"The number of malnourished children from Nigeria treated in MSF-supported health centres in Madarounfa has increased by around 90% this year, reflecting the extremely worrying situation in northwest Nigeria"

The association is mobilising to prepare large contingency stocks of ready-to-use therapeutic food and anti-malarial inputs to address health facilities’ recurring supply issues.

Thousands of children are hospitalised every year at the District Hospital of Madarounfa, in the region of Maradi, whether it be for malaria, severe acute malnutrition or other illnesses. District Hospital of Madarounfa, Niger. 2019.

"In Madarounfa, we see more and more families living in neighbouring Nigerian towns who are turning to the Nigerien health system to save their children from acute malnutrition and related complications, due to the lack of effective, free and available medical and nutritional care closer to home," explains Issiaka Abdou.

With an often long and chaotic course of treatment, these young Nigerian patients are generally extremely weakened once they arrive in Niger: they now represent more than half the admissions to the nutritional department of the MSF-supported hospital in Madarounfa.

The number of malnourished children from Nigeria treated in MSF-supported health centres in Madarounfa has increased by around 90% this year, reflecting the extremely worrying situation in northwest Nigeria.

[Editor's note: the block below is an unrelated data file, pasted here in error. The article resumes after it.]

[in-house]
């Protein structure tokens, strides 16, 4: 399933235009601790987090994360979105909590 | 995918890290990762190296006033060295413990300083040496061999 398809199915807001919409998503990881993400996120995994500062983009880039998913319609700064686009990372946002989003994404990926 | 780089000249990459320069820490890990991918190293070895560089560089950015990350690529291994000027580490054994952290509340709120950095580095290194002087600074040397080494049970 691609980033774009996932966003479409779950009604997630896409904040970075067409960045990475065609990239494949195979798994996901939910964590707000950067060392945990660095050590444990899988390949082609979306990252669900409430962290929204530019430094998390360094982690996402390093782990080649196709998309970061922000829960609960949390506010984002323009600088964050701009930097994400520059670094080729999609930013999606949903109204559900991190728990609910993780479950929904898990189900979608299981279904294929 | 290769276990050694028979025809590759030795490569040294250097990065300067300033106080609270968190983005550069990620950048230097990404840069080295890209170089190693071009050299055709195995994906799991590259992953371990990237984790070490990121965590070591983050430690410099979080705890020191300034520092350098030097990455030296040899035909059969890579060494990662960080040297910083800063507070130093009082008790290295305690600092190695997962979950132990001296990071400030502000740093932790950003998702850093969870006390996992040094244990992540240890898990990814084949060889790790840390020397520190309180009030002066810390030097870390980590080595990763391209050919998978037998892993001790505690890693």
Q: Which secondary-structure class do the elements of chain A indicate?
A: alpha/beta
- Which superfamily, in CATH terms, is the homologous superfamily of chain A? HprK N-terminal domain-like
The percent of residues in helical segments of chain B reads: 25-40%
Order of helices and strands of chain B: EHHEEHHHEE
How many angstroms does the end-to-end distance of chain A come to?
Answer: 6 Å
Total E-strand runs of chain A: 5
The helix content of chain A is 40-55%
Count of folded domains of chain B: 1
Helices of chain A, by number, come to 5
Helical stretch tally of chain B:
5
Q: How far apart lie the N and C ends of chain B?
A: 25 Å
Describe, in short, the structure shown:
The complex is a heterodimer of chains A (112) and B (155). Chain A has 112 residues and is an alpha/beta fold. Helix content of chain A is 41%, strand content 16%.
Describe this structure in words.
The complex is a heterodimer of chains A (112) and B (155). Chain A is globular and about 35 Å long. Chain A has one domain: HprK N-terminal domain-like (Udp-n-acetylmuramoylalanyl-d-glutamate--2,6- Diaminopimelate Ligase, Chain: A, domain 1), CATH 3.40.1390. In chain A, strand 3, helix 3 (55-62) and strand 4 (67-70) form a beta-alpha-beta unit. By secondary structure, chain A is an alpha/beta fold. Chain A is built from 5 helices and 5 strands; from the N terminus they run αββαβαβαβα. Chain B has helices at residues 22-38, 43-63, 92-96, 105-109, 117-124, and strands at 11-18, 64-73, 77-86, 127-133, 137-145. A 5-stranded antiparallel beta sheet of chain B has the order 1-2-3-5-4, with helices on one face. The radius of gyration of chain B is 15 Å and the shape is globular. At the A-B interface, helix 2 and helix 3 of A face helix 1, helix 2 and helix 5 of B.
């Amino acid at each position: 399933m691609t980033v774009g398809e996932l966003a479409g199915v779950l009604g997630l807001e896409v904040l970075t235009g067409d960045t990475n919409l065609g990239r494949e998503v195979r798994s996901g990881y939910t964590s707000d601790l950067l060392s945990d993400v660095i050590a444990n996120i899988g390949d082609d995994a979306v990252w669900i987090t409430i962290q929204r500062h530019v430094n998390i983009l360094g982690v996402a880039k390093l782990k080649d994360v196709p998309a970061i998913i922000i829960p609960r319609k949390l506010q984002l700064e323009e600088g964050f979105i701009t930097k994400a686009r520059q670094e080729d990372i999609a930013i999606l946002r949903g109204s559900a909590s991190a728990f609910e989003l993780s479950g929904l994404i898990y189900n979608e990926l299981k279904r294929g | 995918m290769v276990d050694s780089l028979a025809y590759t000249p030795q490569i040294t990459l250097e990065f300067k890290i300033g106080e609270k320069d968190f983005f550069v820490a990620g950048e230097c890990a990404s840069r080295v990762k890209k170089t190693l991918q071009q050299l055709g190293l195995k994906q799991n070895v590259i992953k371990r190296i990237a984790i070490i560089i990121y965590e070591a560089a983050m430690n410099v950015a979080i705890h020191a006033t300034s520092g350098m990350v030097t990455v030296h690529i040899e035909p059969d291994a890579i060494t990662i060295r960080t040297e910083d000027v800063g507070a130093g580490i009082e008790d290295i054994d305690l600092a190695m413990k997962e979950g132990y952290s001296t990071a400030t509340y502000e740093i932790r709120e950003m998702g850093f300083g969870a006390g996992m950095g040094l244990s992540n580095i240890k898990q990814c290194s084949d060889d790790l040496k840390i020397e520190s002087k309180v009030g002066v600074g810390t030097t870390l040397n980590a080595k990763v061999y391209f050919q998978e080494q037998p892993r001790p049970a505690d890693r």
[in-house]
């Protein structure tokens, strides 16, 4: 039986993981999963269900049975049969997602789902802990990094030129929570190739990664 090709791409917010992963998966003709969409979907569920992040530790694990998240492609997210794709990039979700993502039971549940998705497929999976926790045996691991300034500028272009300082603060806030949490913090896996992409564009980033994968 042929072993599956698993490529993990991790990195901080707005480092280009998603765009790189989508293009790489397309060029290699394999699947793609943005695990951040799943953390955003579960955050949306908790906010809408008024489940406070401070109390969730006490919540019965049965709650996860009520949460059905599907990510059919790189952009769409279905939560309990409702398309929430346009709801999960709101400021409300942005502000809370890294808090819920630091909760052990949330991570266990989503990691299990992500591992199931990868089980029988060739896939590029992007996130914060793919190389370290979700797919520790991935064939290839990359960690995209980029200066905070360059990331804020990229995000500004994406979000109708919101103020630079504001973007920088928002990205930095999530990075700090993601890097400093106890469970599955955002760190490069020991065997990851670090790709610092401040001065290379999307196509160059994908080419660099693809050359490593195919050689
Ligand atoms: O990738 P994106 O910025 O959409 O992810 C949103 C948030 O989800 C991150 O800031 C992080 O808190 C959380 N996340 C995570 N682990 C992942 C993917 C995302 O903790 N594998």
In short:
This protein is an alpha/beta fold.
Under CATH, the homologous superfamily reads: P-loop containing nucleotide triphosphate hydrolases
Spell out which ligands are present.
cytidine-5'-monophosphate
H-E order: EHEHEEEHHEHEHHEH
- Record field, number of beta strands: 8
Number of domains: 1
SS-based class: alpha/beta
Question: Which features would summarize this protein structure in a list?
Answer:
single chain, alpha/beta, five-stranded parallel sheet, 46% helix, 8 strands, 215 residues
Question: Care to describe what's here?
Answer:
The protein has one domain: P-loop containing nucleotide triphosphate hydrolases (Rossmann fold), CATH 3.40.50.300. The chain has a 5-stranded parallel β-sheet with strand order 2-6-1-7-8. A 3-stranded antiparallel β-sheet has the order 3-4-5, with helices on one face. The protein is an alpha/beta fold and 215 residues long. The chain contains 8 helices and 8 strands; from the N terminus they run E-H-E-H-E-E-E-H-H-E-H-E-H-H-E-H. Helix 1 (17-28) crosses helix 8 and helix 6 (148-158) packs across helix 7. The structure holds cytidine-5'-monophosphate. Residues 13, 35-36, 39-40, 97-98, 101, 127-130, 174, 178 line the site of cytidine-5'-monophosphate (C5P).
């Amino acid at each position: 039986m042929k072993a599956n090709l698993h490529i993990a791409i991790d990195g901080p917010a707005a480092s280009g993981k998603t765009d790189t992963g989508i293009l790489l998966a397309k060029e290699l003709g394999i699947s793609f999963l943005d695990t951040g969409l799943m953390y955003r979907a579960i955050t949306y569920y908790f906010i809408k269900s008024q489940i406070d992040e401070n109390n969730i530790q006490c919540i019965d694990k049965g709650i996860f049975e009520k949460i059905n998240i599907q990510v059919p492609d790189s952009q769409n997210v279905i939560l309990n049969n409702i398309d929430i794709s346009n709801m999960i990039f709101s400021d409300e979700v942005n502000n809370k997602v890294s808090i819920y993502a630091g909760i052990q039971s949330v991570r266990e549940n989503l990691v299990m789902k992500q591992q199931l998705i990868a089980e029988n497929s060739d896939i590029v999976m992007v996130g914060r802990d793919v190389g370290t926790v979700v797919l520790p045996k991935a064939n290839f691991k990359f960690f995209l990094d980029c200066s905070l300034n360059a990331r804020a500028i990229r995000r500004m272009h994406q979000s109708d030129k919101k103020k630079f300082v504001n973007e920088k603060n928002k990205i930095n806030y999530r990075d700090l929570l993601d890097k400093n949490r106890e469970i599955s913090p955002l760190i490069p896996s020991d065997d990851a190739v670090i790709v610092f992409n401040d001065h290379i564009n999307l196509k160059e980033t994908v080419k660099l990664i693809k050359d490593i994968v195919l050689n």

MSF is therefore also working with the authorities in the neighbouring state of Katsina in Nigeria to assess the most pressing needs and to prepare and rapidly implement an emergency medico-nutritional response for the populations most threatened by the crisis.

Underlying issues that contribute to food insecurity

Among other factors, the collateral effects of the Covid-19 pandemic have exacerbated the structural causes of recurring food insecurity and nutritional crises in the region.

Food prices are soaring, with millet and other cereals increasing by more than 25%, already at or above the levels usually reached in the heart of the food gap, while funds allocated to nutrition and paediatric activities are plummeting.

For example, the budget allocated by ECHO, the European Commission's humanitarian aid agency, to address malnutrition in Niger has fallen from over €24 million in 2015 to approximately €6 million in 2021.